The of­fi­cial class lists for the years 1995, 1996 and 1997 were ob­tained and many in­di­vid­ual mem­bers of the classes were reached through in­for­mal net­works such as email group lists, tele­phone in­ter­views and emailed ques­tions. Ac­cord­ing to the au­thors of the study, a “snow­ball” ap­proach was also used by which some par­tic­i­pants in the study rec­om­mended other sources of in­for­ma­tion on the lo­ca­tions of their class­mates. The re­sults from that study sug­gest that out of the 468 grad­u­ates sam­pled, 416 were lo­cated, which ac­counted for 89 per­cent of the to­tal. The lo­ca­tions of 46 grad­u­ates were un­known while 6 were said to be de­ceased. While the re­sults from the study may be said to have its own lim­i­ta­tions for which far-reach­ing con­clu­sions should be made with some de­gree of cau­tion, none­the­less, in gen­eral terms, the re­sults speak of the ex­treme scale of the brain drain phe­nom­e­non within Nige­ria’s med­i­cal pro­fes­sions.

But all hope is not lost on Nige­ria as the hu­man cap­i­tal mi­gra­tion is pos­si­ble to be re­versed. The case of China and In­dia can be used as good ex­am­ples of coun­tries where very many pro­fes­sion­als are re­turn­ing home af­ter many years of ex­pe­ri­ence abroad in order to set up some busi­nesses, teach in uni­ver­si­ties, or work for multi­na­tional com­pa­nies based in their home coun­tries.

It is es­sen­tial to note, how­ever, that for the brain drain to be re­versed, cen­tral gov­ern­ment poli­cies are very cru­cial. These poli­cies must as­sure steadi­ness in the do­mes­tic en­vi­ron­ment, free­dom of move­ment, po­lit­i­cal sta­bil­ity and the con­ti­nu­ity of gov­ern­ment poli­cies es­pe­cially on the econ­omy, and the gen­eral in­ter­ests of the gov­ern­ment in its utiliza­tion of hu­man cap­i­tal. Re­turnees, who are pro­fes­sion­als in their dis­ci­plines, may be ap­peased with dif­fer­ent in­cen­tives such as the cre­ation of a space that guar­an­tees higher so­cial sta­tus and bet­ter ca­reer op­por­tu­ni­ties.

In the STEM dis­ci­plines, for ex­am­ple, the gov­ern­ment can en­cour­age com­pe­ti­tion amongst uni­ver­si­ties and re­lated in­sti­tu­tions by cre­at­ing state-of-the-art re­search lab­o­ra­to­ries and en­ter­prises as the im­me­di­ate en­claves for re­turn­ing in­tel­li­gentsias. For in­stance, China was able to achieve this by in­sti­tut­ing a new life science school at Ts­inghua Univer­sity, Bei­jing. As many Chi­nese sci­en­tists as pos­si­ble were re­cruited in that univer­sity; who were pre­vi­ously lo­cated in more de­vel­oped coun­tries as the USA-giv­ing China an op­por­tu­nity to con­struct a science pro­gram from the scratch and to in­vest heav­ily on re­search and de­vel­op­ment for the ad­vance­ment of their coun­try.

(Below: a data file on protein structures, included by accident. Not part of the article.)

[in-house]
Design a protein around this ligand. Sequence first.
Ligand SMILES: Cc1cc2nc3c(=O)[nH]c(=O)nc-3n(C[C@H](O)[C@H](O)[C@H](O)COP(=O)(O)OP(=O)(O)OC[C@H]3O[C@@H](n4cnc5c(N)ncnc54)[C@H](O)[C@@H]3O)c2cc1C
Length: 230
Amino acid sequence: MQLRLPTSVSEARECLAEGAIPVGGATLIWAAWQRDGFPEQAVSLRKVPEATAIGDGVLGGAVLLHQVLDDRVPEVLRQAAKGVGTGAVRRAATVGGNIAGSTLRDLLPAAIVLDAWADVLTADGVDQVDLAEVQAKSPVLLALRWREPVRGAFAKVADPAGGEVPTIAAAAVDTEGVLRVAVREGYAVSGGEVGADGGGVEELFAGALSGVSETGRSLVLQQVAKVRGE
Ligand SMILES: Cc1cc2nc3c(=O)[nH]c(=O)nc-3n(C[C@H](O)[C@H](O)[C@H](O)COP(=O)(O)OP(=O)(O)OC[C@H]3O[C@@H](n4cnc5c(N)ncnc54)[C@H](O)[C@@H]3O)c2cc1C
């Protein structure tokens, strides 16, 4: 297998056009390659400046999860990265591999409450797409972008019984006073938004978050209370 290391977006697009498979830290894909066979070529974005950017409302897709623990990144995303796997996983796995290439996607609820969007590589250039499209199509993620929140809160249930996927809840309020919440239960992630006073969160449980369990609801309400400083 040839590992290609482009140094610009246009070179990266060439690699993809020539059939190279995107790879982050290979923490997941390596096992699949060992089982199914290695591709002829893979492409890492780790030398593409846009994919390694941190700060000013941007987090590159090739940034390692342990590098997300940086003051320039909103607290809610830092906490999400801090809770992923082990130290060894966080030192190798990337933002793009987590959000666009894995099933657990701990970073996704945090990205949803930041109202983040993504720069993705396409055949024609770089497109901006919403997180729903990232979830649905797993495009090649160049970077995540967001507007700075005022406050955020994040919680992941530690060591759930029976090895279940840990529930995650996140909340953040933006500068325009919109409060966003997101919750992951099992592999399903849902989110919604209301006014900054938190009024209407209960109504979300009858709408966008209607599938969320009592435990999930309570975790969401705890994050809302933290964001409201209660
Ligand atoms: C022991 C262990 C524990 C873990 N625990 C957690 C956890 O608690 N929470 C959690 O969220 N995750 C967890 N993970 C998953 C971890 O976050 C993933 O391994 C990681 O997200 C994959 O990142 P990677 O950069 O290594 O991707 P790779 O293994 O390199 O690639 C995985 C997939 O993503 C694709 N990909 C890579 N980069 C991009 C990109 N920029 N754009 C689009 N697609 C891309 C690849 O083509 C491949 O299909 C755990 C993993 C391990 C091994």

Con­sid­er­ing that Pro­fes­sor Ade­wole is ex­pe­ri­enced enough to un­der­stand the dire straits of med­i­cal doc­tors in Nige­ria, yet he chose to say that they be al­lowed to es­pe­cially be­come tai­lors is ap­palling, to say the least. As noted by Dr. Ab­dul­lahi Dahiru of the Kano State Hos­pi­tals Man­age­ment Board, why should the Nige­rian gov­ern­ment ex­pend so much re­sources to train doc­tors who would later be­come tai­lors? Would it not be eas­ier for the gov­ern­ment to train them as tai­lors in the first in­stance? These are very fun­da­men­tal ques­tions that should be left for the health min­is­ter, Pro­fes­sor Isaac Ade­wole, to an­swer.

The case of China and In­dia can be used as good ex­am­ples of coun­tries where very many pro­fes­sion­als are re­turn­ing home af­ter many years of ex­pe­ri­ence abroad in order to set up some busi­nesses, teach in uni­ver­si­ties, or work for multi­na­tional com­pa­nies